CBS will finish the 2018-19 season as the most-watched broadcast network for the 11th year in a row, making for the perfect pitch to advertisers at its annual presentation on Wednesday during the series of events known as the upfronts.
The real story is not so simple. This is a network that has endured crises on several fronts over the last year and a half, and CBS must now show that it can fix its corporate culture, mend its damaged reputation and remain the ratings leader. At the same time, discussions taking place behind the scenes may affect the network’s future, as the CBS Corporation board reviews the benefits of a possible merger with Viacom.
The executives and stars on the Carnegie Hall stage at the network’s presentation on Wednesday were part of a company that has been through a lot in the last 18 months. Their former leader Leslie Moonves, a mainstay of network television, was fired in September after a dozen women publicly accused him of sexual misconduct. (He has denied the allegations.)
The vaunted CBS News division underwent upheaval, too. The network fired the anchor Charlie Rose, who was accused of multiple instances of sexual misconduct, as well as the “60 Minutes” executive producer Jeff Fager, after he sent a text message that threatened the career of a CBS correspondent looking into allegations of sexual harassment against him and Mr. Moonves. (Mr. Rose described the claims made against him as “not accurate,” and Mr. Fager called the allegations against him “false.”)
The promotion of Susan Zirinsky, a longtime news producer who replaced David Rhodes as the president of CBS News in January, was a sign that the troubles in that division were over. Ms. Zirinsky’s changes have included pushing the anchor Jeff Glor out of “CBS Evening News” and giving his chair to Norah O’Donnell.
On the prime-time front, the network paid a $9.5 million settlement to Eliza Dushku, a former co-star of one of the network’s top shows, “Bull,” after she accused the program’s star, Michael Weatherly, of sexual harassment. When The New York Times reported on the settlement in December, Mr. Weatherly said, “I am sorry and regret the pain this caused Eliza.” Last week, on the day CBS announced it had renewed his show for a fourth season, Steven Spielberg’s production company, Amblin, said it would no longer be a producer of “Bull.”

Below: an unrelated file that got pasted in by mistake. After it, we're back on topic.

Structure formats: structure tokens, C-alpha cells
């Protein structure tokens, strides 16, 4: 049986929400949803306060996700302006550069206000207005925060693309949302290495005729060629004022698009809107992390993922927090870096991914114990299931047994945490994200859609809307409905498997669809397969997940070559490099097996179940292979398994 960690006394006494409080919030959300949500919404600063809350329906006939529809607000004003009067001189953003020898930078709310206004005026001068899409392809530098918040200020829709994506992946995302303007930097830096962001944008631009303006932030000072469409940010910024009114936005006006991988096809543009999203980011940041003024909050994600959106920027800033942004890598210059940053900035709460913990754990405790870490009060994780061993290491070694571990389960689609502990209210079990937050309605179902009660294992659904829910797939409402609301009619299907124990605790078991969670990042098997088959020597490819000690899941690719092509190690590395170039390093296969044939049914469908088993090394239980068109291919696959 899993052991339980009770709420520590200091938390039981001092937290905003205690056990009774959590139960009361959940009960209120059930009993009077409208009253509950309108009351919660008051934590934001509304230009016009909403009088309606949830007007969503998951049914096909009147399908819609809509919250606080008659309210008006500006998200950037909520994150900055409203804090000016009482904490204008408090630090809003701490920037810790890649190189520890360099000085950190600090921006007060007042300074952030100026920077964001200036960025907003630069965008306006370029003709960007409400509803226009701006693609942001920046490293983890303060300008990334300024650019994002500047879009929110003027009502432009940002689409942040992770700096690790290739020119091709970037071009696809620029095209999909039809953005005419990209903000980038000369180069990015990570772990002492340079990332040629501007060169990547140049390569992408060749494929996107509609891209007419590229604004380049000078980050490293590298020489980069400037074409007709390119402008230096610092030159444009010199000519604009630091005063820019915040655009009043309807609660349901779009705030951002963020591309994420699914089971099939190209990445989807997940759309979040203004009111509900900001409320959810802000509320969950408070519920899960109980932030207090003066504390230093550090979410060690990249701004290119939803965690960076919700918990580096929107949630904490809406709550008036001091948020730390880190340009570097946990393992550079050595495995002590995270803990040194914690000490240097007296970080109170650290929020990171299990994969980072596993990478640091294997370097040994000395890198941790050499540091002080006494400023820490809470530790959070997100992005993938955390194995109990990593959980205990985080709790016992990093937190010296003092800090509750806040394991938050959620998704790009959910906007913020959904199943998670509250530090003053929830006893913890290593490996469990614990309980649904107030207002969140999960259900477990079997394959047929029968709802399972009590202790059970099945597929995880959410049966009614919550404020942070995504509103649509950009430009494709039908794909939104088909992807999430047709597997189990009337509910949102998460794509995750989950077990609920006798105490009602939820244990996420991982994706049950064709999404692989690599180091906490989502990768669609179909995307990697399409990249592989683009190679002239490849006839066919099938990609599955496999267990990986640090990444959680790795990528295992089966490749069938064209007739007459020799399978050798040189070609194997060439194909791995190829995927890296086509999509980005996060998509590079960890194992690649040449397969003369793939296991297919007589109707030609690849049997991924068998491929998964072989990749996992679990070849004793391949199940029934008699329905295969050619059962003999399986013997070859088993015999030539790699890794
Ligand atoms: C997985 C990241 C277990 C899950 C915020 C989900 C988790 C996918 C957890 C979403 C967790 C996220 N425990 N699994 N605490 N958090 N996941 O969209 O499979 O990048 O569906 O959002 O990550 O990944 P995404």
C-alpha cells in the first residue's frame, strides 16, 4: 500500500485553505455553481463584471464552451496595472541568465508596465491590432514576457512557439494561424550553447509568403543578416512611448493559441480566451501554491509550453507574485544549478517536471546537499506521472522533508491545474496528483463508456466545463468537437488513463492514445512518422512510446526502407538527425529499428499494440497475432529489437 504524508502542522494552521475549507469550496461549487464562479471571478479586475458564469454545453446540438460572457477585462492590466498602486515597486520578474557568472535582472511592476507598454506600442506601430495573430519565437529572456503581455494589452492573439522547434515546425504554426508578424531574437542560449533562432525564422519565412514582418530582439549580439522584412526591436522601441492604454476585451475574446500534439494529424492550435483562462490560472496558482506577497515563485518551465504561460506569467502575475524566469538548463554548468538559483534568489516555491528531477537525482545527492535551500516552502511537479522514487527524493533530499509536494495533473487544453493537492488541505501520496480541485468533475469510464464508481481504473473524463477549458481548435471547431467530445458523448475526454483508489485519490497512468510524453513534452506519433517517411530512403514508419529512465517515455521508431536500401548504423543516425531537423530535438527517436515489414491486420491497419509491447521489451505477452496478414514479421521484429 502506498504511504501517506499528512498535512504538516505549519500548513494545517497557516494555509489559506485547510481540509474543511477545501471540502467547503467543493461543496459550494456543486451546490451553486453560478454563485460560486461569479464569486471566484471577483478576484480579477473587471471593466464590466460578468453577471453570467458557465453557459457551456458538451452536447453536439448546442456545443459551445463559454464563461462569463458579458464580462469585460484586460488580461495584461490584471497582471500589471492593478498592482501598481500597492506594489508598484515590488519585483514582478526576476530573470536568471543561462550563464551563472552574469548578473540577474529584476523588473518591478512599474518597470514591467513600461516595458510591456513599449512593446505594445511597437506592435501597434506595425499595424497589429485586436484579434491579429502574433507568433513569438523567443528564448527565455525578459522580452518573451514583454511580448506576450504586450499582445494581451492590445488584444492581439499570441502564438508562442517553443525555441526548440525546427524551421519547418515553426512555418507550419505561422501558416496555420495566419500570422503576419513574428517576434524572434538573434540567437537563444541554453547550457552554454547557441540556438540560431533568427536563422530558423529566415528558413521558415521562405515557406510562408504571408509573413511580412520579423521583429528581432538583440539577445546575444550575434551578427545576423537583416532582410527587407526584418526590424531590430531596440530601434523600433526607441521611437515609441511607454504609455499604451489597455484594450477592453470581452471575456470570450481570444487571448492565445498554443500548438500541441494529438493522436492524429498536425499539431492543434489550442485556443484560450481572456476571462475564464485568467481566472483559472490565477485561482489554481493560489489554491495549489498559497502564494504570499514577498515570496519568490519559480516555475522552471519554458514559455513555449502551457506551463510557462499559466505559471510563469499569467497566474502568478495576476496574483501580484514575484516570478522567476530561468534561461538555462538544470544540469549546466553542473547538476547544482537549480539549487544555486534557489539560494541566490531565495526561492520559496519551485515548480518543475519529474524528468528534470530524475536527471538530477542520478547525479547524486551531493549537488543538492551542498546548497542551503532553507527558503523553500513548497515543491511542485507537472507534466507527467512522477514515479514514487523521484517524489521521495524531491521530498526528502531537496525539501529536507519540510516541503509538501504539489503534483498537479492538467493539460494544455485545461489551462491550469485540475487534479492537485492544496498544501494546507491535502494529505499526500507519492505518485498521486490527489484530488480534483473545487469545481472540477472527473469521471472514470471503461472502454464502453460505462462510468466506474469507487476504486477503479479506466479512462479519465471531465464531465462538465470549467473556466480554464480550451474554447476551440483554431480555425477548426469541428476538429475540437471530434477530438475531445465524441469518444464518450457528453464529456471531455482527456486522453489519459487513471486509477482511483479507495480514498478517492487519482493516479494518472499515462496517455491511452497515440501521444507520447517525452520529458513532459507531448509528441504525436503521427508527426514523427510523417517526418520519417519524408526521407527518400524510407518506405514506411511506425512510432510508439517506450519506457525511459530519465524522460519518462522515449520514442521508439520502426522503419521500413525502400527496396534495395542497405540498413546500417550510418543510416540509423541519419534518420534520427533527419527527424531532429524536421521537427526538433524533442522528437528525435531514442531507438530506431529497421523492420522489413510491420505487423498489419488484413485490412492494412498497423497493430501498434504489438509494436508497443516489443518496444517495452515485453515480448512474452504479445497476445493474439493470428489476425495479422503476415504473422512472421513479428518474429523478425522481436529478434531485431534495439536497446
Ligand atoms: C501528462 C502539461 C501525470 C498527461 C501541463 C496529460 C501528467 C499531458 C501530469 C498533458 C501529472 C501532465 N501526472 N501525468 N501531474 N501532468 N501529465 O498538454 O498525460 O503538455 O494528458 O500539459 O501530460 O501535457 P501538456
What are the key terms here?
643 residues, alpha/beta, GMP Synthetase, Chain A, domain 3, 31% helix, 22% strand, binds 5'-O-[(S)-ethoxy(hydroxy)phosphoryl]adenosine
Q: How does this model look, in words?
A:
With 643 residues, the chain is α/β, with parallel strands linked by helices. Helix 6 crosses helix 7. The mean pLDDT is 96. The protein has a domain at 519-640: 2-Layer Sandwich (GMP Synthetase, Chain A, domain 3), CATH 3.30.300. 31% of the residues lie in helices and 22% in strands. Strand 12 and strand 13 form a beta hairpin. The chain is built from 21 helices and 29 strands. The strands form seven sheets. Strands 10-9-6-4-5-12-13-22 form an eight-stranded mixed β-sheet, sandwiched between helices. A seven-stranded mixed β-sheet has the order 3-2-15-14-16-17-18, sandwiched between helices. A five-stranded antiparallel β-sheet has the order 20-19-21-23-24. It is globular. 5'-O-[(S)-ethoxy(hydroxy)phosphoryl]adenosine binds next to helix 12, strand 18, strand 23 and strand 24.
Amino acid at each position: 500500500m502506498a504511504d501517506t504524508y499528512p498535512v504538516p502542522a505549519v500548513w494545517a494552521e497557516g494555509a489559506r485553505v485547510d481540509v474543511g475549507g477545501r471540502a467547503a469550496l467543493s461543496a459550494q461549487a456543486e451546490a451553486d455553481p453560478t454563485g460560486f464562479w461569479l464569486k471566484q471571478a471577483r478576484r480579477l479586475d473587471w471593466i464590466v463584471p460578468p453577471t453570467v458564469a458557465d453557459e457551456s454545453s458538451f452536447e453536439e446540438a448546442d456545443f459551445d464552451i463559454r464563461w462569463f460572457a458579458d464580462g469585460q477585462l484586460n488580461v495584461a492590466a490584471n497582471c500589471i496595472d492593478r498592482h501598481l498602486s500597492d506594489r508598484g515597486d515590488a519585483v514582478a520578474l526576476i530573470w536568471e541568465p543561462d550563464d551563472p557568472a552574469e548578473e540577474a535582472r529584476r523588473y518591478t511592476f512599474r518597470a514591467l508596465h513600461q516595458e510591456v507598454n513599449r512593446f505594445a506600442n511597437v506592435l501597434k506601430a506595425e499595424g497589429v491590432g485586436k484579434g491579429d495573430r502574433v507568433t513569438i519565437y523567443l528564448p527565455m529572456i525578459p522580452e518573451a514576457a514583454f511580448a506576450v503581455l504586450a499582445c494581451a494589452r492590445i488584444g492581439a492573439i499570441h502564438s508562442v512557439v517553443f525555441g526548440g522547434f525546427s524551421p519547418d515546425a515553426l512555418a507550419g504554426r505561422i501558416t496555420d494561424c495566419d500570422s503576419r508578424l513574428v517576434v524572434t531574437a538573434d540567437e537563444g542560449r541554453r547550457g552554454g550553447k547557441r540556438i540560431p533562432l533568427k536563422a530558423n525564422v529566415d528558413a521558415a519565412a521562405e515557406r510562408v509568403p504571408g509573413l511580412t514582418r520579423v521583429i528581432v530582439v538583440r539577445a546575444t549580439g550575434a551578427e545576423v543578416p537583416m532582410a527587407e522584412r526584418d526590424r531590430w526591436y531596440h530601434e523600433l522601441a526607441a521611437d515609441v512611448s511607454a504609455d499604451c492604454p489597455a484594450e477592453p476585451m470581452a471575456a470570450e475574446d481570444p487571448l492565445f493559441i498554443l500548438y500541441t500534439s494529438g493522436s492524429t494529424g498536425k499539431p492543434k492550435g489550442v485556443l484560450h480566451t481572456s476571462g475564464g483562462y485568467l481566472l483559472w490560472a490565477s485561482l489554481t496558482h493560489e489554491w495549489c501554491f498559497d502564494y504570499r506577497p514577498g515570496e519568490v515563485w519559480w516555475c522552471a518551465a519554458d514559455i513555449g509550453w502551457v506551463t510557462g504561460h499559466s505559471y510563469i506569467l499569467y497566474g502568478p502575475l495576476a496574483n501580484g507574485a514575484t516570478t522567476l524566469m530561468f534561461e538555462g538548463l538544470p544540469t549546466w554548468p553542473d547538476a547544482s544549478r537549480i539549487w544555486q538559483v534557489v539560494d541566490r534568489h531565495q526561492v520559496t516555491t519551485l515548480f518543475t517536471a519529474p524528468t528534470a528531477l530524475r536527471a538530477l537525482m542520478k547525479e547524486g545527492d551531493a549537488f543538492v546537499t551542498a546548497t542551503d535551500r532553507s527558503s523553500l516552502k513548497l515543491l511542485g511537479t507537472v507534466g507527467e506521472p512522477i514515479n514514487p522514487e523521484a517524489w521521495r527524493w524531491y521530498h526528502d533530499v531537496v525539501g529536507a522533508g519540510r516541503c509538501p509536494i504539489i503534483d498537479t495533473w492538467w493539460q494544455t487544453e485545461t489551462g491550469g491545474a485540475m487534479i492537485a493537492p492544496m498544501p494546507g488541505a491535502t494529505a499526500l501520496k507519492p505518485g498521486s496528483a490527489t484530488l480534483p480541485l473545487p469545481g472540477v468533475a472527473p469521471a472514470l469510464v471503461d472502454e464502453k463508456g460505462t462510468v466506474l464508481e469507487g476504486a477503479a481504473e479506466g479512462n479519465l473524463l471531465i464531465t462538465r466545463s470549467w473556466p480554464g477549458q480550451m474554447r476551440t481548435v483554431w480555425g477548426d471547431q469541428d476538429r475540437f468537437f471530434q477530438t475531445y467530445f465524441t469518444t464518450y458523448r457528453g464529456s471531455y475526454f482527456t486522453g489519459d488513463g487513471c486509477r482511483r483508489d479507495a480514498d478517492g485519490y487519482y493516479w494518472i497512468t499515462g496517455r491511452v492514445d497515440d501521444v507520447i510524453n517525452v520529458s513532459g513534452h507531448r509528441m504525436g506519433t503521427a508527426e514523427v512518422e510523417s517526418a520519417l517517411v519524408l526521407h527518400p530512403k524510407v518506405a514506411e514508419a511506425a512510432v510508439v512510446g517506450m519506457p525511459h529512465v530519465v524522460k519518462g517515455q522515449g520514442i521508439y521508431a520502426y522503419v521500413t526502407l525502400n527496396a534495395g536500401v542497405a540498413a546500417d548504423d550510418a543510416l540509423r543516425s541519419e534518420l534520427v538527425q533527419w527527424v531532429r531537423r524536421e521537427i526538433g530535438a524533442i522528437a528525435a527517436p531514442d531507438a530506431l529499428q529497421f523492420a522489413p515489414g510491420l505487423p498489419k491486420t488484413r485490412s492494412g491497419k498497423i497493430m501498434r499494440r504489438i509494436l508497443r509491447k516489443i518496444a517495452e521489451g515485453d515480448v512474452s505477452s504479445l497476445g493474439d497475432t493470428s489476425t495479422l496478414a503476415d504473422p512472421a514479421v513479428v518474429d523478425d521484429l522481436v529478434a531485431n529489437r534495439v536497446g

“He made a mistake, he admitted to that mistake,” Kelly Kahl, the lead entertainment executive for CBS, said of Mr. Weatherly at a media gathering on Wednesday. “We believe Michael was honest in his remorse, and I personally believe people can make a mistake and recover from that.”
The allegations concerning “Bull” came to light not long after the network parted ways with Brad Kern, a former showrunner of another hit, “NCIS: New Orleans,” after he was accused of harassment and making racially insensitive remarks.
CBS now has another problem unrelated to its workplace culture: the loss of its biggest hit, with “The Big Bang Theory” wrapping production after 12 years. In its final season, the Chuck Lorre-produced comedy juggernaut has averaged 17.3 million viewers a week, making it the most-viewed network entertainment show, second only to NBC’s “Sunday Night Football.” It was also popular among the group advertisers crave: 18- to 49-year-olds.
“Is it kind of a bummer to lose ‘Big Bang Theory’? Of course it is,” Mr. Kahl said.
The network also faces an uncertain future: Shari Redstone, the executive in charge of the CBS Corporation’s parent company, National Amusements, has made no secret of her desire to merge CBS with its corporate sibling, Viacom, the home of MTV and Paramount Pictures, a plan that Mr. Moonves fought.